Workers' Compensation

New Study on Why Workers Settle Their Workers’ Comp Claims

By Robin E. Kobayashi, J.D., LexisNexis Legal & Professional Operations, and Thomas P. Kieselbach, Esq., Cousineau McGuire Chartered, Minneapolis, MN

The Minnesota Department of Labor & Industry’s (DLI) newly released survey on “Workers’ Perspectives on Settlements and Hearings” (February 2013) finds that a large percentage of workers with settlements were concerned about the fairness and outcome of the settlement process, and felt pressured by primarily their attorneys, followed by insurers and employers, to settle their workers’ comp claims. Interestingly, about half of the workers surveyed were not employed, and of those that were employed, approximately half of them reported a decrease in wages compared to their pre-injury wage. Additionally, many workers reported that their medical condition had become worse.

Survey Group

DLI based its survey on surveys mailed to 1,061 workers with settlements (the “settlement group”) and 536 workers with hearings (the “hearing group”) during specified time periods.  Completed surveys were received from 323 workers with a settlement (35% response rate) and 204 workers with a hearing (43% response rate).

Survey Questions

DLI surveyed workers on:

  • whether workers consider their settlements to be voluntary
  • whether workers feel pressured to settle their claims
  • the extent to which workers consider themselves informed about their claims, their disputes, and their settlements
  • the workers’ experiences after their settlements
  • whether the experiences of workers with settlements are similar to those of workers with disputes resolved through a hearing

See survey form for workers with settlements. See survey form for workers with hearings.

Key Findings

Voluntary choice of settlement or hearing:  The survey results were mixed as to whether workers voluntarily chose to settle their workers’ comp claims, with a large percentage feeling pressured to settle after speaking to their attorneys about their chances of winning at a hearing. Workers in the settlement group (45%) were twice more likely than the workers in the hearing group (20%) to feel pressured to settle primarily from their attorneys, followed by insurers and employers.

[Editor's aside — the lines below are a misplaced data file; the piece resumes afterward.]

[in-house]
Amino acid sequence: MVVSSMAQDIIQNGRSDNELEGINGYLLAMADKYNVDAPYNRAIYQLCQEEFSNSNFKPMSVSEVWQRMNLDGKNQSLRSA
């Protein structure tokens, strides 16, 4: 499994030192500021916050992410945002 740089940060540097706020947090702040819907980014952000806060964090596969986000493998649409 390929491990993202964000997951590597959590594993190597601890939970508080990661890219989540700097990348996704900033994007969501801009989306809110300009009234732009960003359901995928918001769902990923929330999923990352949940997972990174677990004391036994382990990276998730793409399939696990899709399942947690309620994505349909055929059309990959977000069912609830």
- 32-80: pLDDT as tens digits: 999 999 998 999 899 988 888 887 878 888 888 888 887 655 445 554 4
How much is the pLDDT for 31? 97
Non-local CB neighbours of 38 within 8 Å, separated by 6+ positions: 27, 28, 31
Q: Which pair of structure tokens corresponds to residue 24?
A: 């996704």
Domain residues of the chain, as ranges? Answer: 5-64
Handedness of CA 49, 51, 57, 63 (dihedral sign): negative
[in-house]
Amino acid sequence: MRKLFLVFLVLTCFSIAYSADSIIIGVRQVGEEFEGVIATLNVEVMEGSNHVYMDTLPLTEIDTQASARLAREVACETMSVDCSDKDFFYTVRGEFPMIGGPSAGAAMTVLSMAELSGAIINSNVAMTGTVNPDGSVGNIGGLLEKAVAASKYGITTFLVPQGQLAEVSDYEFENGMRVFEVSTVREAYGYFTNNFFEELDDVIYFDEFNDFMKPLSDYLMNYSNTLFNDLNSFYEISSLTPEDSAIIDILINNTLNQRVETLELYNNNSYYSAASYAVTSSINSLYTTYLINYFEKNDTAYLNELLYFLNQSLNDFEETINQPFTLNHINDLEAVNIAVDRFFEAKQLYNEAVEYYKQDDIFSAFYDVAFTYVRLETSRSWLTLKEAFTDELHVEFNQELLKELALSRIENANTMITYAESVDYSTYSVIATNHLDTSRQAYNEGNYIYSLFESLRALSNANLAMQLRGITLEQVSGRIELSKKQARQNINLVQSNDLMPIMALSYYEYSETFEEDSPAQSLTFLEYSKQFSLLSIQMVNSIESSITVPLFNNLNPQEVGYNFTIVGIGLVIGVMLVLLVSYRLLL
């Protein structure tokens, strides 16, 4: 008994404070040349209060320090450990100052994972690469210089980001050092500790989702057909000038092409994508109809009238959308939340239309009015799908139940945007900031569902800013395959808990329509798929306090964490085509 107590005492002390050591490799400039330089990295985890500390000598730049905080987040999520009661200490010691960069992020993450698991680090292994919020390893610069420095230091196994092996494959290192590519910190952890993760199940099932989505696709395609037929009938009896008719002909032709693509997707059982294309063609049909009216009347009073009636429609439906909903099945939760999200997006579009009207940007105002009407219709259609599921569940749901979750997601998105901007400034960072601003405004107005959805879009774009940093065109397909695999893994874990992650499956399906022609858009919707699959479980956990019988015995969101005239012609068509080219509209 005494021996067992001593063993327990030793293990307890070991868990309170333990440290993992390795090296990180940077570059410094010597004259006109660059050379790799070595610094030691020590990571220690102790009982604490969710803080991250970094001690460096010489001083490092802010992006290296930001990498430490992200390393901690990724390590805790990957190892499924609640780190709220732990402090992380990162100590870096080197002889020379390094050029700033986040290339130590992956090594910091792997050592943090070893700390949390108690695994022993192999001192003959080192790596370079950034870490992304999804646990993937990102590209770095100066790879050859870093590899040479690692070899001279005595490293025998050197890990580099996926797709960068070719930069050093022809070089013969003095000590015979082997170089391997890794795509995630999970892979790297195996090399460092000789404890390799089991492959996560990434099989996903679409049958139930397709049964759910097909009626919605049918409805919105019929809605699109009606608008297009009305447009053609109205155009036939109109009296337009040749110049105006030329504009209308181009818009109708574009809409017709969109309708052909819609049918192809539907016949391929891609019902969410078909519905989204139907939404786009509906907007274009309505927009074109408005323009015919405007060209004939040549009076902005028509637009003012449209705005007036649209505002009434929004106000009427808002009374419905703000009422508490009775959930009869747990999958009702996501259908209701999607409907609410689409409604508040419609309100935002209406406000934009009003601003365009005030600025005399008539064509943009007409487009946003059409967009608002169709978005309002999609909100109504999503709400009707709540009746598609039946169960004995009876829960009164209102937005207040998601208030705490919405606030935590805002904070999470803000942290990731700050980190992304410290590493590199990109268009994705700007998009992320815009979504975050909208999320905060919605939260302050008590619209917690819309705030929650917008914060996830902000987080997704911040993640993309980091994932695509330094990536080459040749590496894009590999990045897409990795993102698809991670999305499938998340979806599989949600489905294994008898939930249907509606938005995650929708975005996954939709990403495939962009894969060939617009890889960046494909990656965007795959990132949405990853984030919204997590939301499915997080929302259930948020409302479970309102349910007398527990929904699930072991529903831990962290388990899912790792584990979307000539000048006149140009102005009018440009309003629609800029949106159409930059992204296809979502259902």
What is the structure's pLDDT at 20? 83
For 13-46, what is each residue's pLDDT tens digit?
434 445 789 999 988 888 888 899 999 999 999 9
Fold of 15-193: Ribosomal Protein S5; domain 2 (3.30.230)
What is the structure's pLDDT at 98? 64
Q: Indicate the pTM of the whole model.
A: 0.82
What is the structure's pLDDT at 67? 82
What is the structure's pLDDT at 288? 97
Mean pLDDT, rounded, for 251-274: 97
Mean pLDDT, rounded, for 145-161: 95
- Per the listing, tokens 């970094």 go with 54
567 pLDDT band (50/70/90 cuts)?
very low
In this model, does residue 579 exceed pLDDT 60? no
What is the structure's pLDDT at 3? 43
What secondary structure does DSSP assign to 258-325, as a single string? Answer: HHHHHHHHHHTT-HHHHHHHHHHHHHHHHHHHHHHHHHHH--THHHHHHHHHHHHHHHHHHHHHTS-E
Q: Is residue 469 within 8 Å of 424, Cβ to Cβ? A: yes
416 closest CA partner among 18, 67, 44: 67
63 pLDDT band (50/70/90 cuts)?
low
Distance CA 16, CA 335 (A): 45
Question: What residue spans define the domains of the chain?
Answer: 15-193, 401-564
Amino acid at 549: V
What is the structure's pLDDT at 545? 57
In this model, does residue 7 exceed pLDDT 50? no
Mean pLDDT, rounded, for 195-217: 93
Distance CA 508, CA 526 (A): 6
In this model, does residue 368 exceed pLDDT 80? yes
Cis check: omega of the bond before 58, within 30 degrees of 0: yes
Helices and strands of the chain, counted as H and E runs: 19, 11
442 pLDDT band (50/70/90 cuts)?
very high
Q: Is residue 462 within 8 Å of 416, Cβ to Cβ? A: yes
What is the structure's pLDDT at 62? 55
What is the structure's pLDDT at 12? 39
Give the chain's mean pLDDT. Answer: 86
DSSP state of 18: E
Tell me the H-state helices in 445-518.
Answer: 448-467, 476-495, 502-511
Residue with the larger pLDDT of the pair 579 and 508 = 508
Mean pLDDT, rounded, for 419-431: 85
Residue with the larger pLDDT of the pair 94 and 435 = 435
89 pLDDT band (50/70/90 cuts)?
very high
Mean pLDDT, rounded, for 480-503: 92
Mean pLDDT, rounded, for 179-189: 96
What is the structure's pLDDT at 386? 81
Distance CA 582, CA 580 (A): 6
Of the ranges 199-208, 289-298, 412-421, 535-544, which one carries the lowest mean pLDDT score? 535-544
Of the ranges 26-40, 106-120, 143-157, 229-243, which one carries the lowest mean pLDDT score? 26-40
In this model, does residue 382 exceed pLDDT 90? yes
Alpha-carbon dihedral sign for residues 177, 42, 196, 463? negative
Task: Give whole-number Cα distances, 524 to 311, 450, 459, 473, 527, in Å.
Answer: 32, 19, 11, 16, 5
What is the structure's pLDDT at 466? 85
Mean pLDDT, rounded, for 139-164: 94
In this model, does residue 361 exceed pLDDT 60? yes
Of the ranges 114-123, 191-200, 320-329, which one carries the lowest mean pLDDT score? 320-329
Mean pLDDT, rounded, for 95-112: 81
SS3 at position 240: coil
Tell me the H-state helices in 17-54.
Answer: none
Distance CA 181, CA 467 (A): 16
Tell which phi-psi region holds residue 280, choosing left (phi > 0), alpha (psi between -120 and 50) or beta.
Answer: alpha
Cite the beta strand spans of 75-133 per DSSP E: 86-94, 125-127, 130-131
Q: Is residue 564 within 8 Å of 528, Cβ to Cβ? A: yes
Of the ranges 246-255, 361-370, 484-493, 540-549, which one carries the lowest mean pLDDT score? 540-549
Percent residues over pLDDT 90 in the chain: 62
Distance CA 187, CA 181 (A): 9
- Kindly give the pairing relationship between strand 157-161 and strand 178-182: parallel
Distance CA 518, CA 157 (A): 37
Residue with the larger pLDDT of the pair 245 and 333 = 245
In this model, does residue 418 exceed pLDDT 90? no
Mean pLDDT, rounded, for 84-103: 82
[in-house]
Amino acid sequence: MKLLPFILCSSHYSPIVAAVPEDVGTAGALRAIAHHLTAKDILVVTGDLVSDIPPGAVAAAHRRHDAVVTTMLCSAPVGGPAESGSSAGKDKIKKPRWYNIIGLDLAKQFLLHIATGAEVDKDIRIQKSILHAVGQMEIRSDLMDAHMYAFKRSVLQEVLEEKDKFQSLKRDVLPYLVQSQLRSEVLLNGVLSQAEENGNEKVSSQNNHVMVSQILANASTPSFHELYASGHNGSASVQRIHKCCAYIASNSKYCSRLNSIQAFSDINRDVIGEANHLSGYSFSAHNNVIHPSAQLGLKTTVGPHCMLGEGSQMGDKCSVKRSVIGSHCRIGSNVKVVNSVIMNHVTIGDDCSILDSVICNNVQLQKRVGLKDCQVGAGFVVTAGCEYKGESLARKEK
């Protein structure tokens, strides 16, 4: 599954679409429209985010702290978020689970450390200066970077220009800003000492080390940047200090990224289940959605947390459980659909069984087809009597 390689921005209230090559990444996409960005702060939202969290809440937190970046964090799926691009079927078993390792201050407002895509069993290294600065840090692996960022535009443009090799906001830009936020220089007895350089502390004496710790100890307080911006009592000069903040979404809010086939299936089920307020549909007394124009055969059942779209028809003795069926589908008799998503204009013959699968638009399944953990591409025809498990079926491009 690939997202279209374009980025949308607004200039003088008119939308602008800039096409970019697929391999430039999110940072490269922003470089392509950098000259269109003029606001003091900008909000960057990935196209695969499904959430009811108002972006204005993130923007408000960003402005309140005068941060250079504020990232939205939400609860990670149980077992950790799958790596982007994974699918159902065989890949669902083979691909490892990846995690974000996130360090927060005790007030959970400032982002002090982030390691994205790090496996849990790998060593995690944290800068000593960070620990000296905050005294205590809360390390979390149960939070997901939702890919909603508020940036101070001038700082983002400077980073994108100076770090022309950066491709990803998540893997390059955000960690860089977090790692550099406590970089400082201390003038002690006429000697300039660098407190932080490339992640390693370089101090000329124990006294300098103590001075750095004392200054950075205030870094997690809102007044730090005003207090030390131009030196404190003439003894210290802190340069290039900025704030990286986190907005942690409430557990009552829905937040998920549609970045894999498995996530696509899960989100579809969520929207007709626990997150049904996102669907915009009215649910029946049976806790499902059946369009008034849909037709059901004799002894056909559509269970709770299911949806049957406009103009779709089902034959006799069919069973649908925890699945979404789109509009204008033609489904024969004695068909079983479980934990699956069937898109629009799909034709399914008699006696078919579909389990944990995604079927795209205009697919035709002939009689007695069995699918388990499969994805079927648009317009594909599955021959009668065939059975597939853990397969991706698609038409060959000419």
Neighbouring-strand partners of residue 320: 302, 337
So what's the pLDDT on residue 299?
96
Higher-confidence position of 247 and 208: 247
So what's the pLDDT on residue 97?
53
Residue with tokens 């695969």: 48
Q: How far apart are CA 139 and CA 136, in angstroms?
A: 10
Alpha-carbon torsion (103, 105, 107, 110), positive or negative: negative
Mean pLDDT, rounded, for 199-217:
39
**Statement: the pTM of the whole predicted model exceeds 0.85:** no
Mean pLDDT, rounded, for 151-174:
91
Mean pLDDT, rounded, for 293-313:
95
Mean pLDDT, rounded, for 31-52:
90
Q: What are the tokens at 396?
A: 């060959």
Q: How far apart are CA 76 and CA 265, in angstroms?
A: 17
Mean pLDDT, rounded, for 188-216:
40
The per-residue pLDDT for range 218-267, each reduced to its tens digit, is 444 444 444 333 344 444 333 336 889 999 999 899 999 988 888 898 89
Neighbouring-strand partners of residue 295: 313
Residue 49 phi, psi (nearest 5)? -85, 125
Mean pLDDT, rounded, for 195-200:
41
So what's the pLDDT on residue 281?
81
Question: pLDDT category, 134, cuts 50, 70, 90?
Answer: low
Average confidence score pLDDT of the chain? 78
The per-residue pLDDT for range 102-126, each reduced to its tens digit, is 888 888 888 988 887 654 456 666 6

Understanding benefits and arguments: Almost half of both the settlement group and hearing group said they understood the benefits involved in the dispute “some” or “not at all”. About two-thirds of the settlement group said they understood their settlement terms “very well” or “mostly”, with one third of the settlement group having little or no understanding of their agreement.

Expectations and reconsiderations:  The majorities of both the settlement and hearing groups reported talking to their attorneys about their chances of receiving a favorable ruling at a hearing. But when asked if they could have a “do-over”, only 29% of the settlement group would settle their claim again, whereas 38% said they would opt for a hearing. In comparison, 33% of the hearing group would go to a hearing again, whereas only 13% would settle.

Employment and medical condition: Only about half of the workers in both groups were employed at the time of the survey. Of those employed at the time of the survey, 56% of the settlement group and 48% of the hearing group reported wages lower than their pre-injury wage. Many workers reported a worsening of their medical condition (41% of settlement group; 45% of hearing group).

Fairness: 21% of the settlement group considered their agreement a fair compromise, whereas 50% of the hearing group considered the judge’s ruling fair.

Dispute resolution and fairness comments: Most of the survey respondees expressed dissatisfaction with the dispute resolution process, specifically the length of the process and the workers’ need for more information. Other concerns were financial pressure, denial of medical and rehabilitation treatment, and pressure from insurers creating what the workers deemed an unfair system.

DLI Recommendations to Improve Workers’ Experiences and Outcomes in Processing and Resolving Their Claim Disputes

  • Provide injured workers with timely, accurate, impartial and accessible information about dispute-resolution procedures and outcomes, once a claim petition is filed, to help injured workers make decisions, have realistic expectations, and feel involved in the dispute-resolution process
  • Change the attorney fee structure to ensure worker attorney incentives are properly aligned with the interests of their clients, with particular attention being made to whether the current fee structure unduly rewards attorneys to settle claims
  • Make administrative changes to ensure all disputes receive timely action, including a fast-track system for primary liability hearings, which are currently used for discontinuance conferences, so that payments to injured workers can be decided promptly and the healing process for the injured worker can begin
  • Re-evaluate approval of settlements that close out vocational rehabilitation and future medical benefits and whether this will address workers’ concerns about job status, future medical treatment, and worsening of their medical condition post-settlement